Connor Southwell: What Buendia exit means for City this summer

Emiliano Buendia of Norwich waves to the traveling support at the end of the Premier League match at

Emi Buendia is waving goodbye to Norwich City to join Aston Villa. - Credit: Paul Chesterton/Focus Images Ltd

Emi Buendia is a football player capable of evoking emotion and joy, that is why there is so much feeling surrounding his pending Norwich City exit. 

As a supporter, it’s natural to grow fond of those creative talents who seem to possess a magic wand capable of producing match-winning moments regularly. 

As ABBA sang so succinctly, ‘breaking up is never easy, I know’ and City fans have become used to witnessing their best talent exit stage left.

No matter how often that void gets filled or whatever the circumstances surrounding the departure, that experience doesn’t get easier.

This is different to the sales of Ben Godfrey, Jamal Lewis and James Maddison because Norwich City are on the up this time. 

The aforementioned trio all left after relegation or, in Maddison’s case, mid-table mediocrity. This wasn’t the case with Buendia. He leaves after the best second-tier season in the club’s history.

That becomes difficult to digest as a fan, one who wants to see their team win football matches and progress. 

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It proves that the Canaries’ model isn’t dependant on league position or winning titles but individual circumstance. 

Buendia didn’t arrive at Carrow Road hellbent on fulfilling a lifelong dream of playing for the club that he’s held dear since being a youngster on the streets of Mar del Plata. This was a move purely designed to elevate his career and get him up the ladder. 

Whilst to some Aston Villa may not represent the seismic step some feel, the fact they are capable of splashing £33million on a player indicates they rank higher on the football food chain than City at present. 

Everyone of a yellow and green persuasion is aware of the club’s model, but rejecting a move can have a domino effect within the squad. It can disrupt harmony. Suddenly Max Aarons or Todd Cantwell is wondering if the same door gets slammed on their face. 

Norwich City Sporting Director Stuart Webber before the Sky Bet Championship match at the University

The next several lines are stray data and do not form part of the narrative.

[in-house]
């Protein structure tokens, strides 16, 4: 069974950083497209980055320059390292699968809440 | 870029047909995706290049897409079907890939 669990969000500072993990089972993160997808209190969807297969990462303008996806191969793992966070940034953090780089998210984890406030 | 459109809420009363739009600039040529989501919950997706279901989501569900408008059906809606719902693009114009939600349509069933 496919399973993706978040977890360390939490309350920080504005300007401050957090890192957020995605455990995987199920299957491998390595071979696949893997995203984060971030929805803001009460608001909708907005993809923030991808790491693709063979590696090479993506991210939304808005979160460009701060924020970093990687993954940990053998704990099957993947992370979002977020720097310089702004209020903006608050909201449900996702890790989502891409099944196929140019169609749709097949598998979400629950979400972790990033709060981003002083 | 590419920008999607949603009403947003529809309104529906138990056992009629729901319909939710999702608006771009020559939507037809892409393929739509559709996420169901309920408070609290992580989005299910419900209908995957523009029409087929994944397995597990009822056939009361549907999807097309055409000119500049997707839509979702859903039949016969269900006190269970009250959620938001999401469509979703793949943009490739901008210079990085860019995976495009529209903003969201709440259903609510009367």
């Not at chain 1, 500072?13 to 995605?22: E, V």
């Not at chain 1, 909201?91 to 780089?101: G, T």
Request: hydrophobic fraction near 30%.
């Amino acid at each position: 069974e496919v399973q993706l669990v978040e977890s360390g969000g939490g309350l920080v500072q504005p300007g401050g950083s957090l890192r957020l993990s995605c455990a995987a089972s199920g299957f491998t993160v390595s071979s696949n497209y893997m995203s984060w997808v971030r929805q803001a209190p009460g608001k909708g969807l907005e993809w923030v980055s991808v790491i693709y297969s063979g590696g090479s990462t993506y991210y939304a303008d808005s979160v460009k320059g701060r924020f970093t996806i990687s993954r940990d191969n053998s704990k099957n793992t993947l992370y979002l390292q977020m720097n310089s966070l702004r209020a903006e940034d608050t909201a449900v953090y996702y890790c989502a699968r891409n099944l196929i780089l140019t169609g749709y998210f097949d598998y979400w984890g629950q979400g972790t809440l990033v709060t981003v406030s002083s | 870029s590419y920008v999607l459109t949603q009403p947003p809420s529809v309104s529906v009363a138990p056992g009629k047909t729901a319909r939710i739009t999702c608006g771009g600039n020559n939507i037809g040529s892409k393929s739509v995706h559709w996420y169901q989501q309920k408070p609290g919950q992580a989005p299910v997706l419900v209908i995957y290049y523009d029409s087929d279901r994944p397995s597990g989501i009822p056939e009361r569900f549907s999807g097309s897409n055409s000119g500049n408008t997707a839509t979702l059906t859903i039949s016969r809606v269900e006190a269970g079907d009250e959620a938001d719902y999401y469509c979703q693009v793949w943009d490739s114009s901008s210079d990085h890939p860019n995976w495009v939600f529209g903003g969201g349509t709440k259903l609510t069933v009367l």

Stuart Webber is tasked with plotting Norwich City's Premier League approach. - Credit: Paul Chesterton/Focus Images Ltd

Nobody is privy to the conversations Stuart Webber may have had with Buendia after a few toys began to be thrown out of the pram. There may have been a verbal agreement to pull him back on board. 

His brilliance in the Championship has shown he is far above that level. Villa are a club with ambitions of breaking into English football’s elite. This is merely another step on the ladder. 

Let’s not sugarcoat it. This is Webber’s biggest decision since arriving at Carrow Road. 

Norwich have decided to sell their best player before a season where they are hoping to survive in the Premier League. 

Externally and, to some internally, that looks like madness. But it boils down to a simple mathematical equation. 

Despite echoing that City aren’t in a position where they need to sell as a necessity, a line that was also was uttered prior to Maddison’s Leicester departure, the difference in spending was stark. 

Without selling one of their assets, Norwich would have been able to sign around £15m worth of fresh talent. That figure will be doubled as a result of Buendia’s departure. 

So, in the end, Webber was faced with a maths problem. Do you keep one player of excellent ability in the hope that he can keep you up or cash in and look to collectively improve the squad? 
When it’s put like that, you can understand, even if you don’t agree with, the logic. 

That is why City may not decide to replace Buendia with a like for like replacement. They may well opt to make the core of the squad stronger, taller and heavier to compete with the rigours of the top-flight. 

After the club opted to cash in on Josh Murphy and outcasted Nelson Oliveira prior to the 2018/19 season, thus removing the vast majority of their goals from the side. They signed Teemu Pukki and Buendia and then romped to the Championship title. 

Emi Buendia is likely to be a man in demand this summer but Norwich must not sell, says Chris Sutton

Buendia enjoyed an almost telepathic relationship with Teemu Pukki. - Credit: Paul Chesterton/Focus Images Ltd

Since, they sold Godfrey and signed Ben Gibson. Lewis left and Dimitris Giannoulis was brought in. 

If anybody deserves a chance to shape the squad, it is Webber and this recruitment team. 

Despite his talent and innate ability, Buendia was still apart of a side that managed to attain just 21 points in the Premier League last time around. In the back of everyone’s mind is just how wrong they got the recruitment. The mistakes they made. The pain they felt. The war Farke was sent to without a gun.

More resource opens more possibilities. Norwich will break their transfer record for the right player this summer. Probably on multiple occasions.

That said, it’s okay to feel disappointed and angry. You can do so and still understand the way the club operates. The two aren’t mutually exclusive. 

Buendia was fundamental to the way City played. Pukki benefitted because of him and the statistics comparing when he was and wasn’t in the side were, frankly, frightening. 

It’s a bold decision.

Only time will team if this decision proves to be worthwhile, and maybe one that City fans are forced to reserve judgement on until the end of the window. 

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